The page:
Lack of support can leave women "faced with the feeling like they're not enough at either home or work" and prone to dropping out, says Chivers. "These are women who know they can deliver great things at work and raise happy, normal kids if only their and their partners' employers would trust them enough to crack on in flexible fashion."
I hate days like this because I don't want to do this anymore and I dislike myself for not wanting to do this anymore. I miss my old life, not because it was more fulfilling, not by any stretch, merely because it wasn't this; it wasn't 'today'. I miss the life I took for granted whilst watching repeats of programmes I didn't even enjoy very much the first time I watched them.
Pumping breast milk is a part-time job on top of the full-time job, not to mention that other little thing about going home and raising a baby. So it's no wonder that working, breastfeeding women are vertiable magicians when it comes to hacking their jobs, their breast pumps, and their surroundings to make it all work.
For 4 weeks I had no job to go to or even think about; and no babies yet. For the first time, probably since I was at university, I was completely free to do what I wanted for days on end. Of course, what I wanted most of all was to sit on the sofa like a beached whale - I was huge and had no energy. But still, the feeling of freedom was starting to take hold.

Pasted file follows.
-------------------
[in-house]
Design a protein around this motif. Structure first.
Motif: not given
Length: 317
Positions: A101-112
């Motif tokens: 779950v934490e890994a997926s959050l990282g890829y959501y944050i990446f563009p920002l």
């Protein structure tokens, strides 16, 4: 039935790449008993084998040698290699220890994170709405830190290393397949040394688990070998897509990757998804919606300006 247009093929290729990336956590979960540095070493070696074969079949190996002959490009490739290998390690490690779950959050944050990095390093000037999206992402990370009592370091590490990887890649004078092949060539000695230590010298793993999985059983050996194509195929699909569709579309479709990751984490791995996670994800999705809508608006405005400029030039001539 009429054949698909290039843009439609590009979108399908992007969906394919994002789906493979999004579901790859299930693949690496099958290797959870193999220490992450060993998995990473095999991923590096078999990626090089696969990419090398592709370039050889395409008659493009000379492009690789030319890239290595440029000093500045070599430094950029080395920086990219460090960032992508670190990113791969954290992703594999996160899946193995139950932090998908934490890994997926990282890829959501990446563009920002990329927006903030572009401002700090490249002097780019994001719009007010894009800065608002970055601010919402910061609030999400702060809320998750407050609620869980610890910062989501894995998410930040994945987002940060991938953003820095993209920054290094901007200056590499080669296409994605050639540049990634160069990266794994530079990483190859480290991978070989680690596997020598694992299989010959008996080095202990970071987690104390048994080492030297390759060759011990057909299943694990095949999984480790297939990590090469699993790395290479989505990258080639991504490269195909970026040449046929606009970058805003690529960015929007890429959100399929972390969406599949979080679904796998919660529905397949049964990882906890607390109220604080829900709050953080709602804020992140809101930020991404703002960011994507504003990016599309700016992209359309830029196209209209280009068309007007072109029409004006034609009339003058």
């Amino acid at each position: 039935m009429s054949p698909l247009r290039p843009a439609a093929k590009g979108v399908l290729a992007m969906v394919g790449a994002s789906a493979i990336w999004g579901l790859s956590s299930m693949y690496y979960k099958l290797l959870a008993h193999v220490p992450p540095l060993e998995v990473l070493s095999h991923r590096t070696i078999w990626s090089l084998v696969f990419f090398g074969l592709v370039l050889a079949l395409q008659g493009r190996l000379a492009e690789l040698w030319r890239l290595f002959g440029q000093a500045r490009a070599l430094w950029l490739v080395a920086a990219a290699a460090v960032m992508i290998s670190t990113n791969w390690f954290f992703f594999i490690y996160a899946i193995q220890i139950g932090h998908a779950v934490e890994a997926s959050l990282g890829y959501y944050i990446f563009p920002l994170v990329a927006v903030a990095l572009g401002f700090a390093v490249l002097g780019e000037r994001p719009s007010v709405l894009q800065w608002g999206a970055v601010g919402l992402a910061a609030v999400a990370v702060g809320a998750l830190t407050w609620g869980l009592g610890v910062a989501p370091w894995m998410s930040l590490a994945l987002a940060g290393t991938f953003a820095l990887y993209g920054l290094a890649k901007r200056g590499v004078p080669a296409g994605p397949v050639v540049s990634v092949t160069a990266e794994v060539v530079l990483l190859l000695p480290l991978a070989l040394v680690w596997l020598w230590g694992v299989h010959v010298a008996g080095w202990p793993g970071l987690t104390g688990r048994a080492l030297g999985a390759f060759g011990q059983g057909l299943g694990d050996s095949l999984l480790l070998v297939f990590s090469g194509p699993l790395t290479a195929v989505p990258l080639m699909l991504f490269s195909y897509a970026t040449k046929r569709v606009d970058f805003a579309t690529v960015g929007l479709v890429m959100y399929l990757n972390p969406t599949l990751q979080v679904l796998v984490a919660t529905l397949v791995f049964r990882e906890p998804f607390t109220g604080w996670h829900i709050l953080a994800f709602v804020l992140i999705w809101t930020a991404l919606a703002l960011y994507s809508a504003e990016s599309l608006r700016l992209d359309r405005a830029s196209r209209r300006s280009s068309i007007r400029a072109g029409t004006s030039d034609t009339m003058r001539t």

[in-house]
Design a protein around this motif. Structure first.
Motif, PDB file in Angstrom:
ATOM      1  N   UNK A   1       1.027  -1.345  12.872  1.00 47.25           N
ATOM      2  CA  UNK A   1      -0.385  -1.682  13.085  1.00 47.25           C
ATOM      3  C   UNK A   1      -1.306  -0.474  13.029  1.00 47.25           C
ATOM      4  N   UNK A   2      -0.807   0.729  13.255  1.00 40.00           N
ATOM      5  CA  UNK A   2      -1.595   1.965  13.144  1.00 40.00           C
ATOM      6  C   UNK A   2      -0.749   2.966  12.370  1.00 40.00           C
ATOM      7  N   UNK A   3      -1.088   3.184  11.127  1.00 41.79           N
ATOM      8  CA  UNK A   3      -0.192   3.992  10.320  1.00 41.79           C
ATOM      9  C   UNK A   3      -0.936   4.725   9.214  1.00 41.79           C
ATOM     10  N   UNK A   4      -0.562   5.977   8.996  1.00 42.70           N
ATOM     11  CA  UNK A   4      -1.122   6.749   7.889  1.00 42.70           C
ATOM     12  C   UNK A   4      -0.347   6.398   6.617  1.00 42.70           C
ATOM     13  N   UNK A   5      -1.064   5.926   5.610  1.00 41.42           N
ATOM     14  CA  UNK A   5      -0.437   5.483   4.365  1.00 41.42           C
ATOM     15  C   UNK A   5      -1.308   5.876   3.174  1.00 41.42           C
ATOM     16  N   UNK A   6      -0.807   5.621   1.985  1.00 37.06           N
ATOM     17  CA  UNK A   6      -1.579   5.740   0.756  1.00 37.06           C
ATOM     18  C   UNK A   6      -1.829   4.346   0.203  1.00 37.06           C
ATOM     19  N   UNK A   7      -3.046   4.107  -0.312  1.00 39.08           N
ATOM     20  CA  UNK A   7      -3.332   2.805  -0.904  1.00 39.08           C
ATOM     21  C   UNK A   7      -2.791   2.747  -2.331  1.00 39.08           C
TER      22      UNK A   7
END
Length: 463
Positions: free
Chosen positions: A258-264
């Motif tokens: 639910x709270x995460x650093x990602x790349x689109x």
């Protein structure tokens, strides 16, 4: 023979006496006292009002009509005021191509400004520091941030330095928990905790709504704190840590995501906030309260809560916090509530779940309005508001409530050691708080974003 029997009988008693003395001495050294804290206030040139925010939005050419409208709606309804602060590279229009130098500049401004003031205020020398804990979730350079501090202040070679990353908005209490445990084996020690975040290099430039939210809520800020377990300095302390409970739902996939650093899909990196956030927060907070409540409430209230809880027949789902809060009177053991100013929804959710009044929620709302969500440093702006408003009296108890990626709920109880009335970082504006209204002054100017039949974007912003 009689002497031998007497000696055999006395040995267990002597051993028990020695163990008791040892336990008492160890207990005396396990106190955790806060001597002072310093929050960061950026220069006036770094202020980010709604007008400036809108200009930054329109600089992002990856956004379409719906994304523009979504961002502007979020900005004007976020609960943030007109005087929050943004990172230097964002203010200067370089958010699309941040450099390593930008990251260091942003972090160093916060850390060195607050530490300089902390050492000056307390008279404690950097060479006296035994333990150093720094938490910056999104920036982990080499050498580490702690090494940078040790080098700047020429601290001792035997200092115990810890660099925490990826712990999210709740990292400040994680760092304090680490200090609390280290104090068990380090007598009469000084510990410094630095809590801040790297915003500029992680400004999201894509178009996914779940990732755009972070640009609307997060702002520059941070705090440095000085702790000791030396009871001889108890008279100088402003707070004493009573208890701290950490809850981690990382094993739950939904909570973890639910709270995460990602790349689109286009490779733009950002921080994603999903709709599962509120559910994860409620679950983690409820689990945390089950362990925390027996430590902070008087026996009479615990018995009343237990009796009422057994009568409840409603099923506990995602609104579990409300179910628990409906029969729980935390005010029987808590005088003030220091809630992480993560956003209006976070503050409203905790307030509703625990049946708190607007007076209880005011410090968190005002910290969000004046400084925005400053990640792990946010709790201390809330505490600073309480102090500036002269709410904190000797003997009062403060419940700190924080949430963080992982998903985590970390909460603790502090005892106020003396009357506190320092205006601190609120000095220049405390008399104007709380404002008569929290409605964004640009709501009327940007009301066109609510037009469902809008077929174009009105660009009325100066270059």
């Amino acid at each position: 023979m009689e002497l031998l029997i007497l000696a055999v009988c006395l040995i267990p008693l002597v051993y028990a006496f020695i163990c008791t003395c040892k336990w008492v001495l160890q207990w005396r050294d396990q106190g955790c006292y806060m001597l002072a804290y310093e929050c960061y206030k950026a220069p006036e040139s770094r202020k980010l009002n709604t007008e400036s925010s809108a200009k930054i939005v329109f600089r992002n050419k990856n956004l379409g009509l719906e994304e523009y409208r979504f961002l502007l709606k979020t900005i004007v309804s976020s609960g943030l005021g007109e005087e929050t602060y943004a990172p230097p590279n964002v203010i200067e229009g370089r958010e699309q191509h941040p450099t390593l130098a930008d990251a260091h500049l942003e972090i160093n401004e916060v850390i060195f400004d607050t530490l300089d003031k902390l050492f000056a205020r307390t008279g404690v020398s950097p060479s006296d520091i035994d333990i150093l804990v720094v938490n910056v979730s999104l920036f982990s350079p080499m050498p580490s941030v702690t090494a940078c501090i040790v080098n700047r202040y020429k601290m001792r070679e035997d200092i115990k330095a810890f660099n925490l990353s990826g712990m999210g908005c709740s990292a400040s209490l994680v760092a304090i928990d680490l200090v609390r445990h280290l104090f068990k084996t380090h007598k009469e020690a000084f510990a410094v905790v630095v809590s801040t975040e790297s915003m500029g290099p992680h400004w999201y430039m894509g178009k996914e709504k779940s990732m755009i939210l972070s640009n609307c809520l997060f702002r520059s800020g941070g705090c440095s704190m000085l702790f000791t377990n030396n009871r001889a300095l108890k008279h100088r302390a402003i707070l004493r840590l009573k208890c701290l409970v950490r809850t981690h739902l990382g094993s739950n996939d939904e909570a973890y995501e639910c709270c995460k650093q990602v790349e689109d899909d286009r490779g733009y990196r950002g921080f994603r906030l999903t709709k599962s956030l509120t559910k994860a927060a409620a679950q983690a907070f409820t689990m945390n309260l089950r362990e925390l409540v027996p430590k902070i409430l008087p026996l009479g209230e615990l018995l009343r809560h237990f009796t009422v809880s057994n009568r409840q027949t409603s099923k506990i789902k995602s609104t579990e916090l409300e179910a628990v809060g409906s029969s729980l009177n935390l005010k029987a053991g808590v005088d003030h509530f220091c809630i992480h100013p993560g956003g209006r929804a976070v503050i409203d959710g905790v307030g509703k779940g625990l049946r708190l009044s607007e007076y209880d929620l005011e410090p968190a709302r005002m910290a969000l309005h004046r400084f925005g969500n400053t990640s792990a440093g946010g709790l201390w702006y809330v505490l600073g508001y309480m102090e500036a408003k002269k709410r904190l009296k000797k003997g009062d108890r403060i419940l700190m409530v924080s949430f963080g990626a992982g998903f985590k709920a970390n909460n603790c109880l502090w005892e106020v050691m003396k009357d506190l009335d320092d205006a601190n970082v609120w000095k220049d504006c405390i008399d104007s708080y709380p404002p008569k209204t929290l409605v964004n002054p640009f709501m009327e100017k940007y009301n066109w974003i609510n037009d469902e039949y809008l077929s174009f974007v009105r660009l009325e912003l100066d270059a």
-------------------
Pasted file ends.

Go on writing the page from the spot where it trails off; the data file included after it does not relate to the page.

Nobody should ever judge mothers on the choices they make when it comes to balancing work and family life; it should always be a personal choice. But this choice needs to be a meaningful one, not simply picking the least worst option. Unfortunately, this still isn't the case for far too many women. We can and we must do better.
According a web survey by insurance company Aviva, 18% of couples split childcare responsibilities evenly, with 6% of men now the primary carer of their child. Pushing the figure from 6,000 in 2000 to 600,000 in 2010. And in a less scientific survey done by myself sat in the window of my front room at 3:30pm, more and more Dads are at the school gates.
So you have been through pregnancy, childbirth and the early months looking after baby. And when it is time to return to work you feel completely inadequate. All that occupies your mind is milk feeds, washing clothes, routine, and where the next unbroken sleep might be coming from. Fear not. Once the fog has cleared, you will go back a better worker. And the fog will clear within days of returning... For some the need to be flexible is paramount. The traditional 9-5 (or 8-7 which is quite normal in many jobs) is not conducive to looking after little ones.
Since its release just over two weeks ago, much has been said and written about Facebook COO Sheryl Sandberg's new book, Lean In: Women, Work, and the Will To Lead. I am not one of Sheryl's haters, in fact, having had the opportunity to witness her speak on a number of occasions while we both worked at Google, I can testify that she is a truly inspirational woman. However, I feel that her story only represents one type of woman, the successful woman in business who also has children.
Four and a half months in and I am finding having a decent telephone conversation hard enough, never mind a full night's sleep. So why would a mere mortal mother bother to compare herself with a mumpreneur?